Back in 1991, when the Iraq army was retreating from Kuwait in the Persian Gulf War, it unleashed a literal "scorched earth" tactic as it set fire to some 600 oil wells, leading to iconic photos such as this one.
Twenty-five years later, in an ironic twist, it was ISIS fighters who returned the favor, and while fleeing an Iraqi toawn, they did their best to raze it to the ground by flooding the streets with oil and setting it on fire.
Pressured by the latest advance of coalition forces approaching the Islamic State stronghold of Mosul in the north of the country, the jihadists were forced to retreat from Qayyara by Iraqi soldiers. As they fled, they took a page from the Iraq's own army as they ISIS bombed pipelines and set fire to nearby oil wells, creating an endless cloud of black smoke that blocked out the sun, leaving the town shrouded in darkness in an eerie redux of scenes from 1991.
Smoke billowing into the sky during a Reuters visit on Monday blotted out the sun in central districts hours before nightfall, producing an "apocalyptic scene" in this desert settlement which lacks electricity amid 49 degree Celsius (120°F) temperatures.
While Baghdad wants to retake Mosul before the end of the year, which it says will effectively end the militants' presence in Iraq more than two years after they seized a third of its territory, some officials from countries in the U.S.-led coalition supporting the Iraqi forces have said that timeline may be too ambitious. However, the loss of Qayyara will certainly deal a blow to Islamic State, which had extracted oil from some 60 wells and sold it to help finance its activities.
A boy stands near oil spill from wells, set ablaze by Islamic State militants before
fleeing the oil-producing region of Qayyara, in Qayyara, Iraq
Islamic State used to ship at least 50 tanker truckloads a day from Qayyara and nearby Najma oilfields to neighboring Syria, from where much of it was exported to Turkey. A sign remains on the main road announcing prices of crude in places like the Syrian city of Aleppo, 550 km (340 miles) west of Qayyara. Rudimentary refineries once used to refine oil for local consumption have been abandoned on the side of the road leading east out of the town.
In the meantime, anyone taking a casual stroll through Qayyara will have a first hand account of what hell feels like. The smell of petrol now overwhelms the area, wind carrying the smoke from well fires into the town center. More than a few minutes in the area leaves one's throat burning, and children walking the streets have quickly developed coughs.
Abdel Aziz Saleh, a 25-year-old Qayyara resident, said he wants Baghdad to put out the fires as soon as possible. "They are suffocating us," he said. "The birds, the animals are black, the people are black. Gas rains down on us at night. Now the gas has reached the residential areas."
Alas, the Iraqi government has for now forsaken the people of this northern town. While Iraq said it has put out fires at four oil wells in the Qayyara region, but Reuters could not locate any such efforts at the wells closest to residential areas.
Around a dozen separate plumes of smoke were still distinguishable across the horizon as night fell, when a convoy of firetrucks approached the town.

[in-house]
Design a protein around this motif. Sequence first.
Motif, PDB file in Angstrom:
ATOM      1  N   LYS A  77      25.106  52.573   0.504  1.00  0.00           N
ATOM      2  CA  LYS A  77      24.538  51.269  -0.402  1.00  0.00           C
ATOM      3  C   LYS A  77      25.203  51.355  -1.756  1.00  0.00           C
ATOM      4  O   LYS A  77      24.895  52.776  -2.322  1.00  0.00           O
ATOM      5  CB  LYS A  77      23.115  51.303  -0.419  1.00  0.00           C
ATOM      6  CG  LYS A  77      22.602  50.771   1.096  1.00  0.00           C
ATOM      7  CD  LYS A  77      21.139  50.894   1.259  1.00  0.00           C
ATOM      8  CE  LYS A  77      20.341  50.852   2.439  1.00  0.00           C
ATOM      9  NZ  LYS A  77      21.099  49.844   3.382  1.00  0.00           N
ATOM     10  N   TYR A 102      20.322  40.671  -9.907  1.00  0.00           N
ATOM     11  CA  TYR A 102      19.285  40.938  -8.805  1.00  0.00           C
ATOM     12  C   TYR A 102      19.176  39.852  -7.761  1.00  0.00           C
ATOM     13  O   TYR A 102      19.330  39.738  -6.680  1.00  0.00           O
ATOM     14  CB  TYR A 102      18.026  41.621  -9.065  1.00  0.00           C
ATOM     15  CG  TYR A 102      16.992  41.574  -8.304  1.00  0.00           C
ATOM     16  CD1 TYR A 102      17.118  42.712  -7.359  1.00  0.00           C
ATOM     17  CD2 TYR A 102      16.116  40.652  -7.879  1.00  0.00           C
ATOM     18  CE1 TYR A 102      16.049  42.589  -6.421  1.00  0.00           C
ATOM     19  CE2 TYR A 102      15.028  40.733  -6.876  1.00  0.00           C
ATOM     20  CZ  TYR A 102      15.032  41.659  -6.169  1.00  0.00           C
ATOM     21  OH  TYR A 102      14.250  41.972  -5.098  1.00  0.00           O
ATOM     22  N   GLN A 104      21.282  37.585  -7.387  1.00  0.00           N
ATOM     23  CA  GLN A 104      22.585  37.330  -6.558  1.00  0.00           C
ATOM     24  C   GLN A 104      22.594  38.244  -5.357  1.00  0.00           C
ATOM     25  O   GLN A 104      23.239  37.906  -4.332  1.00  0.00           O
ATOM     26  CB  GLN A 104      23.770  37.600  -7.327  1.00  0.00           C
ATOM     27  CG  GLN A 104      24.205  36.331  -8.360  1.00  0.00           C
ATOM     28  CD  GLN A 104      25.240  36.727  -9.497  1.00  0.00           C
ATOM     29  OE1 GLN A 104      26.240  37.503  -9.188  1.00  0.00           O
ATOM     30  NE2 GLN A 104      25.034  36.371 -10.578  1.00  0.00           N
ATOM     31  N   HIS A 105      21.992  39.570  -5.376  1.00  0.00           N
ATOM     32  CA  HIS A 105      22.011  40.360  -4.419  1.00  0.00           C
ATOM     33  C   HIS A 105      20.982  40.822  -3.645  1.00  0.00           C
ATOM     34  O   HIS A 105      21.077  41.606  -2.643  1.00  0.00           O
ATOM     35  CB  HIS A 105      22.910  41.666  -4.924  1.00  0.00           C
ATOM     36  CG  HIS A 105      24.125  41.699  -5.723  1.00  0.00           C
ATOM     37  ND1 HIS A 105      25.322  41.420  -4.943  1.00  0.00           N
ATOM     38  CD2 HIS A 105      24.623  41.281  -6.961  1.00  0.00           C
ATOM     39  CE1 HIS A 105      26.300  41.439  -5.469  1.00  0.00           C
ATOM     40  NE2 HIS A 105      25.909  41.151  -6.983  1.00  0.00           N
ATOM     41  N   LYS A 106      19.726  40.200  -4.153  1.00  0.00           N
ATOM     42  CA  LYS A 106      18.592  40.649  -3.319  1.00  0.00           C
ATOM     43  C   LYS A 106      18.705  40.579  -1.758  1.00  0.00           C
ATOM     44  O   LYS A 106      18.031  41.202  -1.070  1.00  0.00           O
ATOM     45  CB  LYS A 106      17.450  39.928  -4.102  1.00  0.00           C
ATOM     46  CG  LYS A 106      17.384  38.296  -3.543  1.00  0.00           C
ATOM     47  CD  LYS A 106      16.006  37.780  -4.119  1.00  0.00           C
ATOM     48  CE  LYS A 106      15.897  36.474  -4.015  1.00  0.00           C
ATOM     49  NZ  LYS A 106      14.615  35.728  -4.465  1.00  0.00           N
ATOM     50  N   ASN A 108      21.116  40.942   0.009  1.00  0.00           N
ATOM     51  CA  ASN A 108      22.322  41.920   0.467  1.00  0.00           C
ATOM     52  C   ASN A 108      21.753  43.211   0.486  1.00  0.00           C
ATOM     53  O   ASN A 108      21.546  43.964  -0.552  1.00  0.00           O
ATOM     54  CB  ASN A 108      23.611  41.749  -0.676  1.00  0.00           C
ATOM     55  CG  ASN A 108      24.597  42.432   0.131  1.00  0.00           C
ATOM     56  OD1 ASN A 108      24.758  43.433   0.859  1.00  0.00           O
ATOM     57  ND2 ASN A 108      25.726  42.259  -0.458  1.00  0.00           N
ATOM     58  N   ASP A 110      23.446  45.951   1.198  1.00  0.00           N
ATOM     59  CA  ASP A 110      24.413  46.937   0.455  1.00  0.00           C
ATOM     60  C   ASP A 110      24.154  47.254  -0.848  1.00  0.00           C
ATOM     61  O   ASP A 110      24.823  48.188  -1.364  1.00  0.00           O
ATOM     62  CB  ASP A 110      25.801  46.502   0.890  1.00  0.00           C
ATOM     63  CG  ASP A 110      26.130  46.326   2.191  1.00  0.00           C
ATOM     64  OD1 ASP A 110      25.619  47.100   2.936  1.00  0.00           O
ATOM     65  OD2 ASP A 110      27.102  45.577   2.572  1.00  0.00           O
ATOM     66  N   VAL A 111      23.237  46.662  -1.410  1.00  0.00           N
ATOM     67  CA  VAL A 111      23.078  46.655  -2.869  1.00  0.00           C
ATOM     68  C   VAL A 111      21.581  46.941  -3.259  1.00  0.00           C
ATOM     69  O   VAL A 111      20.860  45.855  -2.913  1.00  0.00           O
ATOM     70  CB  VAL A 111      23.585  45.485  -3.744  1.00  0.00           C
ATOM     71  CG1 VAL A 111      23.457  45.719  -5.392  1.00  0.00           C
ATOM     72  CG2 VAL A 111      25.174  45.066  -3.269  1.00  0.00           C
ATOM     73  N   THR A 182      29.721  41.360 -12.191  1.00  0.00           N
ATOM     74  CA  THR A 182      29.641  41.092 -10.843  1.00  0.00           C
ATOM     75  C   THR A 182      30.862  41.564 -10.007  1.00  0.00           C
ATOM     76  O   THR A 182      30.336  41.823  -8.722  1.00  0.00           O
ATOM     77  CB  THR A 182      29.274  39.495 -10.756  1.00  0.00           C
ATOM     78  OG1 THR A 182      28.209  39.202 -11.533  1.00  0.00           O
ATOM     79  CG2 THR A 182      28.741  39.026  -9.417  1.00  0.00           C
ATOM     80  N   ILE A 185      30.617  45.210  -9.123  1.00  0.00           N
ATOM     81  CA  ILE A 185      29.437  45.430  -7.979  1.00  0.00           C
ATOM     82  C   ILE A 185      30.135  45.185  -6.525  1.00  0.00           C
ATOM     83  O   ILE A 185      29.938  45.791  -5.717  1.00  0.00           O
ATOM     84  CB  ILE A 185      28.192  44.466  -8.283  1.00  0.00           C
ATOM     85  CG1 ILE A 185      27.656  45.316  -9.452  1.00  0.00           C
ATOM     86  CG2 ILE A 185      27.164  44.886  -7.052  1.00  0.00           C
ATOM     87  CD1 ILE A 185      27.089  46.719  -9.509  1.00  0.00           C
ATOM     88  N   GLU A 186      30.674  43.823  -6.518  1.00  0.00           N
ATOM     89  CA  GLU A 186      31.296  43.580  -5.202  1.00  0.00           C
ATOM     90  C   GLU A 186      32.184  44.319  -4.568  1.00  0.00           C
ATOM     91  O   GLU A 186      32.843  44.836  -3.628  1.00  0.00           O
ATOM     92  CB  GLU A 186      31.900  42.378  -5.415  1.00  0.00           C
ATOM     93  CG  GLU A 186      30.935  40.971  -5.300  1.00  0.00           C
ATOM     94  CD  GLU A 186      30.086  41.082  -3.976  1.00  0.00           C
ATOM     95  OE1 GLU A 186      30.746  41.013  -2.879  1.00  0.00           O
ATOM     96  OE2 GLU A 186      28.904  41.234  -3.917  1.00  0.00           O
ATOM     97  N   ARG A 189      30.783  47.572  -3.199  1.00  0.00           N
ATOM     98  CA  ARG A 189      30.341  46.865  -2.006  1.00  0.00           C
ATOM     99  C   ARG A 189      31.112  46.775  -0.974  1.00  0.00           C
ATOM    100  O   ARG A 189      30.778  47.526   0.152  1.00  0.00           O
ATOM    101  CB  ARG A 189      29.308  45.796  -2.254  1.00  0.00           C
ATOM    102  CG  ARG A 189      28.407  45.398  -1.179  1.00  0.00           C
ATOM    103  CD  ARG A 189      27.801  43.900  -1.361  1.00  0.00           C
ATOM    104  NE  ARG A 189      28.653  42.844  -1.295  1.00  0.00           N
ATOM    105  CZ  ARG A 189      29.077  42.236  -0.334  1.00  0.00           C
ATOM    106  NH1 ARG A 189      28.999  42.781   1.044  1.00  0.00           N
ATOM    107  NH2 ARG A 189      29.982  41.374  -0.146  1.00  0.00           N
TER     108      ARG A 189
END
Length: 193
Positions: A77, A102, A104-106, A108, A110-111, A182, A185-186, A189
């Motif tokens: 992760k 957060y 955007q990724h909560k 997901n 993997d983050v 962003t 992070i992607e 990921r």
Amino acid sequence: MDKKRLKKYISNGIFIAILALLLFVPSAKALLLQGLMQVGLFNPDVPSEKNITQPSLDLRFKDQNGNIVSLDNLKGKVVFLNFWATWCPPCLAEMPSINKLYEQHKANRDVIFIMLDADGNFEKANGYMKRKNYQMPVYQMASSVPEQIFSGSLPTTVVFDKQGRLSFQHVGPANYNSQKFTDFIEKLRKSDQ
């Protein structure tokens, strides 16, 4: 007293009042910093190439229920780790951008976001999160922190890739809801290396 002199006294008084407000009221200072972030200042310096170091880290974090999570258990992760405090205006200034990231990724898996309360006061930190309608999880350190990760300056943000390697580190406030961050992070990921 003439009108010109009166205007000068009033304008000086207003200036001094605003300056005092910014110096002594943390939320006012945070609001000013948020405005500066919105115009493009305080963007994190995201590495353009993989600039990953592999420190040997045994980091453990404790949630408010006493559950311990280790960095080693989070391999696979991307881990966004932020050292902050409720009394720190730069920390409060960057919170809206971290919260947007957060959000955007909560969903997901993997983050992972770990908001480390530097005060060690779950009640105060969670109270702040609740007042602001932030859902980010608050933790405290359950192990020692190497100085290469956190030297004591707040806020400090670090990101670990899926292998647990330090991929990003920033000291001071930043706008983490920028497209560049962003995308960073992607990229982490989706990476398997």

Fires rise from oil wells, set ablaze by Islamic State militants
It was not immediately clear how long it will take to extinguish the flames. When Iraq's military torched hundreds of Kuwaiti oil wells in 1991 ahead of advancing U.S.-led forces, most fires burned for around two months but some wells were not capped for almost a year. To be sure, Baghdad is in no rush to restore order: the oil ministry said it does not expect to resume production from the Qayyara region before Mosul's recapture. The two main fields, Qayyara and Najma, used to produce 30,000 barrels per day of heavy crude before the takeover by Islamic State.
Despite the apocalyptic conditions, Qayyara remains full of inhabitants. Whereas civilians in most other areas recaptured from Islamic State fled ahead of or during government offensives the majority of Qayyara's roughly 20,000 residents have stayed put. A counter-terrorism officer said that was partly due to the speed with which the army recaptured Qayyara, surprising the Islamic State fighters before they were able to dig in. Qayyara is also located near a military airfield, so many residents in the area have relatives in the army.
The good news for the locals is that commanders are confident electricity can be restored soon in Qayyara and said booby trapped streets and buildings are less of a concern than they were in the western cities of Ramadi and Falluja. "We surrounded them quickly, so they didn't have time to lay many IEDs (improvised explosive devices)," said the officer from the elite counter-terrorism service (CTS), which spearheaded the Qayyara operation along with the army's 9th armored division. "There were a lot on the main street they thought we would use to enter but instead we came in from the desert."
The approach to the city shows signs of the fighting that followed, with many buildings collapsed by aerial bombardment. The U.S.-led coalition said it had launched more than 500 air strikes in support of Iraqi forces, nearly as many as in last year's battle for the much larger city of Ramadi. However, it is what ISIS did as it was fleeing that was memorable.
Meanwhile, the capture of this strategic town virtually asures that the battle for Mosul will soon be won: Qayyara and its nearby airbase, where the bulk of a 560-strong U.S. troop reinforcement will be based, will form the main staging base for the anticipated offensive on Mosul, 60 km (35 miles) to the north.